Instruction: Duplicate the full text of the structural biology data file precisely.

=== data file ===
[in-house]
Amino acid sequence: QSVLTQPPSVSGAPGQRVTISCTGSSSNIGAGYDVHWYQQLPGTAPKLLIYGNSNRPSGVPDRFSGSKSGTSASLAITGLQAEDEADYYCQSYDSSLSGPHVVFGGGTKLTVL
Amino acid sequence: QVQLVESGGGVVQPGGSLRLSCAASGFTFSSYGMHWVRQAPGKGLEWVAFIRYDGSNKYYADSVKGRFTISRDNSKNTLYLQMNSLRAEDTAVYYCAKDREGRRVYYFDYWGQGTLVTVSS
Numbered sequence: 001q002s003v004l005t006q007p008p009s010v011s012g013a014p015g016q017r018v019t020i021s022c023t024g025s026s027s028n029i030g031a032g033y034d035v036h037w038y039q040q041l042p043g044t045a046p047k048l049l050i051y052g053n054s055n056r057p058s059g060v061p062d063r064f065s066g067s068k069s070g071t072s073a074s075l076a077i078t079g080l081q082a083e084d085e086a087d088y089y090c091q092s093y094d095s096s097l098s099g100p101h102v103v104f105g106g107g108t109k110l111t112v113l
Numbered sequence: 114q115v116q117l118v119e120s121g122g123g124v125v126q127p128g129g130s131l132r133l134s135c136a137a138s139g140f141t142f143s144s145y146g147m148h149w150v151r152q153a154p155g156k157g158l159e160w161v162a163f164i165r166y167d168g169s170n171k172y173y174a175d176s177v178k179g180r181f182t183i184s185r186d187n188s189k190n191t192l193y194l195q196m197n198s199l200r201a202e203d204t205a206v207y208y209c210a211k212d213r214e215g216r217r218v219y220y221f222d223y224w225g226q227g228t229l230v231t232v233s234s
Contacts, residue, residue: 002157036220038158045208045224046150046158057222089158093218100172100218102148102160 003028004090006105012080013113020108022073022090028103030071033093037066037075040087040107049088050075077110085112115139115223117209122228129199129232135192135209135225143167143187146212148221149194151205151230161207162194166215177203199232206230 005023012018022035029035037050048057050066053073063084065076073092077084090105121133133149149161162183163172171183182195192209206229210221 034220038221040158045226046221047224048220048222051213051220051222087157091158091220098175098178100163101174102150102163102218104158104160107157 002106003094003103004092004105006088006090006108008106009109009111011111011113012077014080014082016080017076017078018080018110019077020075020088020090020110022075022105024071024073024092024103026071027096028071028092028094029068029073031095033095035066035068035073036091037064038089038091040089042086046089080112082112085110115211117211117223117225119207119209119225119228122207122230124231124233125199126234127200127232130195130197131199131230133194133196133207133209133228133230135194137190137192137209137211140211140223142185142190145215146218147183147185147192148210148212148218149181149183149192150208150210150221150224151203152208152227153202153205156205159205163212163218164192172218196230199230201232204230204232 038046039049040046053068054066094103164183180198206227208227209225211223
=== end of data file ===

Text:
[in-house]
Amino acid sequence: QSVLTQPPSVSGAPGQRVTISCTGSSSNIGAGYDVHWYQQLPGTAPKLLIYGNSNRPSGVPDRFSGSKSGTSASLAITGLQAEDEADYYCQSYDSSLSGPHVVFGGGTKLTVL
Amino acid sequence: QVQLVESGGGVVQPGGSLRLSCAASGFTFSSYGMHWVRQAPGKGLEWVAFIRYDGSNKYYADSVKGRFTISRDNSKNTLYLQMNSLRAEDTAVYYCAKDREGRRVYYFDYWGQGTLVTVSS
Numbered sequence: 001q002s003v004l005t006q007p008p009s010v011s012g013a014p015g016q017r018v019t020i021s022c023t024g025s026s027s028n029i030g031a032g033y034d035v036h037w038y039q040q041l042p043g044t045a046p047k048l049l050i051y052g053n054s055n056r057p058s059g060v061p062d063r064f065s066g067s068k069s070g071t072s073a074s075l076a077i078t079g080l081q082a083e084d085e086a087d088y089y090c091q092s093y094d095s096s097l098s099g100p101h102v103v104f105g106g107g108t109k110l111t112v113l
Numbered sequence: 114q115v116q117l118v119e120s121g122g123g124v125v126q127p128g129g130s131l132r133l134s135c136a137a138s139g140f141t142f143s144s145y146g147m148h149w150v151r152q153a154p155g156k157g158l159e160w161v162a163f164i165r166y167d168g169s170n171k172y173y174a175d176s177v178k179g180r181f182t183i184s185r186d187n188s189k190n191t192l193y194l195q196m197n198s199l200r201a202e203d204t205a206v207y208y209c210a211k212d213r214e215g216r217r218v219y220y221f222d223y224w225g226q227g228t229l230v231t232v233s234s
Contacts, residue, residue: 002157036220038158045208045224046150046158057222089158093218100172100218102148102160 003028004090006105012080013113020108022073022090028103030071033093037066037075040087040107049088050075077110085112115139115223117209122228129199129232135192135209135225143167143187146212148221149194151205151230161207162194166215177203199232206230 005023012018022035029035037050048057050066053073063084065076073092077084090105121133133149149161162183163172171183182195192209206229210221 034220038221040158045226046221047224048220048222051213051220051222087157091158091220098175098178100163101174102150102163102218104158104160107157 002106003094003103004092004105006088006090006108008106009109009111011111011113012077014080014082016080017076017078018080018110019077020075020088020090020110022075022105024071024073024092024103026071027096028071028092028094029068029073031095033095035066035068035073036091037064038089038091040089042086046089080112082112085110115211117211117223117225119207119209119225119228122207122230124231124233125199126234127200127232130195130197131199131230133194133196133207133209133228133230135194137190137192137209137211140211140223142185142190145215146218147183147185147192148210148212148218149181149183149192150208150210150221150224151203152208152227153202153205156205159205163212163218164192172218196230199230201232204230204232 038046039049040046053068054066094103164183180198206227208227209225211223